Urgent and effective measures are necessary. Our proposal features a feasible alternative option to other solutions that appear to be more complex and less practicable.
We propose to adopt a solution that in economics is commonly known as “helicopter money”, i.e., money that the state issues and distributes free of charge to individual agents (in our case, self-employed, salaried and unemployed workers, enterprises, and pensioners).
However, since under current Eurosystem rules money creation is a monopoly of the ECB, we propose that the Eurozone governments issue and distribute a form of quasi-money, that is, special non-debt government bonds called Tax Credit Certificates. The TCC would be used to settle any financial obligations to the national public administrations (e.g., state and local taxes, social contributions, pecuniary sanction, etc) two years after their issuance, but would be immediately convertible in euro. The major feature of the TCC, therefore, is that they would grant households and enterprises immediate access to additional purchasing power.
Governments would issue TCC in the order of 5% of GDP for the first year and would increase their issuance in subsequent years, if necessary, up to an annual ceiling of 10% of GDP and until recovery in output and employment is observed.
The TCC solution is legally sound and uncontestable at the EU level and from the European monetary authorities: while the ECB is the exclusive issuer of the euro, each sovereign state retains the legal right to offer fiscal rebates, such as the TCC. Moreover, while the ECB has the monopoly over the single currency, it does not exercise control over the creation of “quasi” money instruments (such as, for instance bank deposits, government bonds, etc.). As the TCC is a financial instrument with a “quasi” monetary nature (it is a non-debt store of value that can be transformed into legal tender), it would not be subject to the ECB monopoly.
The new instrument issued by the state for the purpose of lowering the fiscal burden would directly flow into the pockets of people without raising new debt. TCC issuance would counteract the austerity imposed by the EU and resolve the liquidity scarcity problem that is currently affecting the economy of the weakest countries in the Eurozone, which the banking system has proven unable to address: while largely refinanced by the ECB, banks have mostly invested the new funds available in financial assets while continuing to limit the extension of credit to the real economy.
Based on its nature of legal tender to settle obligations to the state, the TCC would be exchanged for euros in the financial market similarly to any zero-coupon government bond. It could also be accepted as a means of payment (to be used, for instance, in combination with credit or debit cards). The TCC would become a new financial product, which the state would commit to issuing on a permanent basis. Additional amounts of TCC issues would vary over time depending on the economy’s response. This would contribute to improving expectations and would induce people to consume a large share of their TCC-generated income. A virtuous circle would emerge with multiplier effects on demand and output.
Large and persistent allocations of TCC would stimulate demand and help close the output gap, while having a limited effect on inflation and yet countering the risk of chronic deflation and reducing public debt burdens.
As a result of the income multiplier effect, the fiscal revenue shortfalls caused by the TCC deferred tax rebates would be offset by the increased fiscal revenues driven by GDP growth. In fact, with the current real resource slack and interest rates close to zero, the income multiplier would be greater than one*. GDP and employment would grow rapidly.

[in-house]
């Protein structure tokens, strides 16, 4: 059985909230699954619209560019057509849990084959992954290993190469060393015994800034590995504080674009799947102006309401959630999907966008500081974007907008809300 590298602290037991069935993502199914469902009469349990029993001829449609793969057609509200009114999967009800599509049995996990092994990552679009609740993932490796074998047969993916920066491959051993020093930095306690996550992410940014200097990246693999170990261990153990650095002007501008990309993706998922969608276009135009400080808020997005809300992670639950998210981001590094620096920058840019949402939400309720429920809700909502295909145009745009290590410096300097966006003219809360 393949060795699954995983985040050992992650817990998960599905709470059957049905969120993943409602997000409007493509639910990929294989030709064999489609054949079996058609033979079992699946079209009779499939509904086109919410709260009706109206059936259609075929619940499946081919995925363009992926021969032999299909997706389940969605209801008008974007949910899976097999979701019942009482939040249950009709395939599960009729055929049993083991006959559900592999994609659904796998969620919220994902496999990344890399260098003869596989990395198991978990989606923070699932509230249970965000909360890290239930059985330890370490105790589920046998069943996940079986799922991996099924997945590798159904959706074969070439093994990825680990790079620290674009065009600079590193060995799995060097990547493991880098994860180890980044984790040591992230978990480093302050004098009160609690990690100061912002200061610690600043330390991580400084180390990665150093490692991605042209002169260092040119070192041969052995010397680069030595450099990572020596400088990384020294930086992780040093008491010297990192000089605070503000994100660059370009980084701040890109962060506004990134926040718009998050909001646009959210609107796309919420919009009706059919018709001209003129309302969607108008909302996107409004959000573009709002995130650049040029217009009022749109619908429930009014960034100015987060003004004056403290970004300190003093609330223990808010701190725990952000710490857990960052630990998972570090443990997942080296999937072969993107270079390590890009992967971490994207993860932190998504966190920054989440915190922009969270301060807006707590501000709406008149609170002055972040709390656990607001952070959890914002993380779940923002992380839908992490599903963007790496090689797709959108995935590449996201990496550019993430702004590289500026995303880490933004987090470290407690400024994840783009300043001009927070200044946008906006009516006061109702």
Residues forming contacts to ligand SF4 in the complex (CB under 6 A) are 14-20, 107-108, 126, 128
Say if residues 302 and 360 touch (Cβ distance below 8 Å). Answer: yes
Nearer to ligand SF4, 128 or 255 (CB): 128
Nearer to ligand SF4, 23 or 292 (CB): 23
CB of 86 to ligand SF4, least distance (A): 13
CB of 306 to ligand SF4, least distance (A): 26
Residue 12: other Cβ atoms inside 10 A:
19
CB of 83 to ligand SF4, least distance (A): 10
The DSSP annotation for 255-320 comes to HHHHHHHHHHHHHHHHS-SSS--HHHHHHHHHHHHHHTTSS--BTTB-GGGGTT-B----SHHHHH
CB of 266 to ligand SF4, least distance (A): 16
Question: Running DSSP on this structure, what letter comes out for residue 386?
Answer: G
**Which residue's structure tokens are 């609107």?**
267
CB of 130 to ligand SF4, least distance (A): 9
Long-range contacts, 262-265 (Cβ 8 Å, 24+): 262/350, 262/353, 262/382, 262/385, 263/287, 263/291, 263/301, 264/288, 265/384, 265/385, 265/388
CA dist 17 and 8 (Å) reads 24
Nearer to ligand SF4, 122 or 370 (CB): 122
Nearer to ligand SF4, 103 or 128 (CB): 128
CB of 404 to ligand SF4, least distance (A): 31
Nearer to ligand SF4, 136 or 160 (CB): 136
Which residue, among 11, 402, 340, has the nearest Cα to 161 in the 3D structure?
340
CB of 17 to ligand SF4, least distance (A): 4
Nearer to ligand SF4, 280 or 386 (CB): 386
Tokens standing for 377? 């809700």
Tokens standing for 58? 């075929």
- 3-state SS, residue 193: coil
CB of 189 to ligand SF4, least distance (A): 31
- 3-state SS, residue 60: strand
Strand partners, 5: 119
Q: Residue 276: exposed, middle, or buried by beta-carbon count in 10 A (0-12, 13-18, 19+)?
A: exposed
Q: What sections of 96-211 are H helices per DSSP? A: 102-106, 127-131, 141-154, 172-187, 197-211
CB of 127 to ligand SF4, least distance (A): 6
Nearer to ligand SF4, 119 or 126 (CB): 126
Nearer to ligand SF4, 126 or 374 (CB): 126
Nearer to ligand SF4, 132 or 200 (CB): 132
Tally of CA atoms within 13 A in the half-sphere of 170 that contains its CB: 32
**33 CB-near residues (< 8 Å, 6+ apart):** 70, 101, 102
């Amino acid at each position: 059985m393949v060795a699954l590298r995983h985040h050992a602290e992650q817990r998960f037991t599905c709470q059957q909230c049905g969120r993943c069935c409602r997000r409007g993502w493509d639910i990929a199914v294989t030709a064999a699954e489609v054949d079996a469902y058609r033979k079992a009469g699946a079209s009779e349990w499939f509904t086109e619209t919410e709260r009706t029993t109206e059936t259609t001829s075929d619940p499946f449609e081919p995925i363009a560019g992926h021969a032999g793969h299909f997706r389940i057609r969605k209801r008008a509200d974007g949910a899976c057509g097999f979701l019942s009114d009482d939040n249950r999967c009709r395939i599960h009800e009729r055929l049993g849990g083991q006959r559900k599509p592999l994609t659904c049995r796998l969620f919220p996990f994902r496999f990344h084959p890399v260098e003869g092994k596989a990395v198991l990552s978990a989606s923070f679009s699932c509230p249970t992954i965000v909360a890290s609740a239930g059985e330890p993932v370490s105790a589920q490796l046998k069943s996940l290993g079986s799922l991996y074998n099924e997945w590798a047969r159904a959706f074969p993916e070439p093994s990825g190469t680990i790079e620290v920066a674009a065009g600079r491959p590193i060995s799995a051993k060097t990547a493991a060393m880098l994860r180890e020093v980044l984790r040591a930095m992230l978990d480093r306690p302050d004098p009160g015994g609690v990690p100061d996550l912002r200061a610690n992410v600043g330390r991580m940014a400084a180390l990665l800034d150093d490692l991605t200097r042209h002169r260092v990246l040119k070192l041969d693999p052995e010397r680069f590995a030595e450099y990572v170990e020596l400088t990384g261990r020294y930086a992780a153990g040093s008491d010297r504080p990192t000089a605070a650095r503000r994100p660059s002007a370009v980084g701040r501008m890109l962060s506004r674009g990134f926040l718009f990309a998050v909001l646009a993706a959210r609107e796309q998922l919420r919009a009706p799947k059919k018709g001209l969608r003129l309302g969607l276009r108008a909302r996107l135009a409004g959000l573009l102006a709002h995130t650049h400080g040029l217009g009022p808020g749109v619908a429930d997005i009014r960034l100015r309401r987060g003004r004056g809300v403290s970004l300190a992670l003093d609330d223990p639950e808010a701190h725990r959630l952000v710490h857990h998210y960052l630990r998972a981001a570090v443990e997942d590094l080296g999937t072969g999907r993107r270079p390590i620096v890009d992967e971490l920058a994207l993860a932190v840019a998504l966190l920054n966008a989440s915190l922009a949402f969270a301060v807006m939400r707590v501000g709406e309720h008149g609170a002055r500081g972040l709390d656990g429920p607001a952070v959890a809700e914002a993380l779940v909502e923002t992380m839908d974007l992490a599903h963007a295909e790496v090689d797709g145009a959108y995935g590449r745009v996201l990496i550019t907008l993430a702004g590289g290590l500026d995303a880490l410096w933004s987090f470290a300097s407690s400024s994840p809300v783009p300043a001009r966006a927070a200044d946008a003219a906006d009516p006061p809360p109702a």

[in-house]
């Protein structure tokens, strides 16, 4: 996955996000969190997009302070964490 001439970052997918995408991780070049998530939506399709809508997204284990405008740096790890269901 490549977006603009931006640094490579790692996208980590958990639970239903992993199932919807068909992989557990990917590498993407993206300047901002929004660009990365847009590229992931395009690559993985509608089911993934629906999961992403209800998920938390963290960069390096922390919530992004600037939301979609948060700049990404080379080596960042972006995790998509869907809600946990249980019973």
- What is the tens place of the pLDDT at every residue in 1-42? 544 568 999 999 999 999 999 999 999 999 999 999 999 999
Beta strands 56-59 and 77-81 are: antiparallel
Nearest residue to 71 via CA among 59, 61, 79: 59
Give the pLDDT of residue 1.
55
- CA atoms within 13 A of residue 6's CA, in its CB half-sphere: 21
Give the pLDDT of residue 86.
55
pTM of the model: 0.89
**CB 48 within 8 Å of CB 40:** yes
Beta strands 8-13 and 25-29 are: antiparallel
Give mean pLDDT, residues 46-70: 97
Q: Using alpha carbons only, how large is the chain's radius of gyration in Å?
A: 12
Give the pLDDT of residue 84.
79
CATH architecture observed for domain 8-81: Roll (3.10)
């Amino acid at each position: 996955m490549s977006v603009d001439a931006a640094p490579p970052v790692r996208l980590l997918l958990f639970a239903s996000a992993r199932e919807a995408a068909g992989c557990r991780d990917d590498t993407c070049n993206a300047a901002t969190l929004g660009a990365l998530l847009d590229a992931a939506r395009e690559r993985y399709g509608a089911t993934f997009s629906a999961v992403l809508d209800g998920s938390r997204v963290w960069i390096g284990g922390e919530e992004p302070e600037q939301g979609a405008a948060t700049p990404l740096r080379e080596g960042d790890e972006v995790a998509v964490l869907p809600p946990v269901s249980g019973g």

As a consequence of revived growth, state budget deficits would be reduced and public debts would become better sustainable. Moreover, the share of TCC allocated to enterprises in proportion to their labor cost would drastically lower production costs. This would replicate the effects of currency devaluation: it would trigger export growth and offset the impact that the resumption of GDP growth would have on the trade balance via larger imports.
Taking Italy as an example, assume that over 2015-16 a TCC issue of €70bn is allocated to employees in inverse proportion to their taxable income, and that €80bn are similarly allocated to private-sector employers. The latter allocation would cut labor cost by 18%, broadly equivalent to Italy’s competitiveness gap vis-à-vis Germany. Some additional €50bn TCC could be used further stimulate demand, for instance, through new public investment, guaranteed income schemes, support to private-sector initiatives in depressed areas, and the like. The idea would be to give preference to easy-to-implement social utility projects.
At operating speed, an annual issuance of €200bn could be effected, which would bring the stock of circulating TCC to €400bn (taking into account the annual reflow of deferred TCC used to pay taxes). This amount would compare to Italy’s total fiscal revenues of €800bn. Assuming an income multiplier of 1.3*, GDP would recover by 15% over three years, with a 5-point drop in unemployment, and the trade balance holding in substantial equilibrium. The public deficit – defined as the difference between fiscal revenues and expenditures in euros – would be reduced to zero already from end-2015, and public debt would start falling in percent of GDP.
While the TCC would allow an economy to exit the “liquidity trap”, largely indebted countries also need to escape the “debt trap”. From the 1980s onwards, and certainly in preparation for the entry in the monetary union, central banks in many European countries have stopped issuing money to purchase public debt obligations in the primary market. Public deficits could only be covered through new debt issuances, and interest rates started to rise as a result. Attracted by high returns, institutional investors absorbed an increasing share of the new debts. Eventually, the corresponding debt burdens subjected taxpayers to increasing levels of fiscal pressure, which in some cases has become unsustainable. Reducing such pressure is now a priority, but this should not be achieved at the expense of social welfare (which has to be improved, but definitely not dismantled or indiscriminately reduced). The objective must be one of reducing the outstanding debt and the interest payments on it.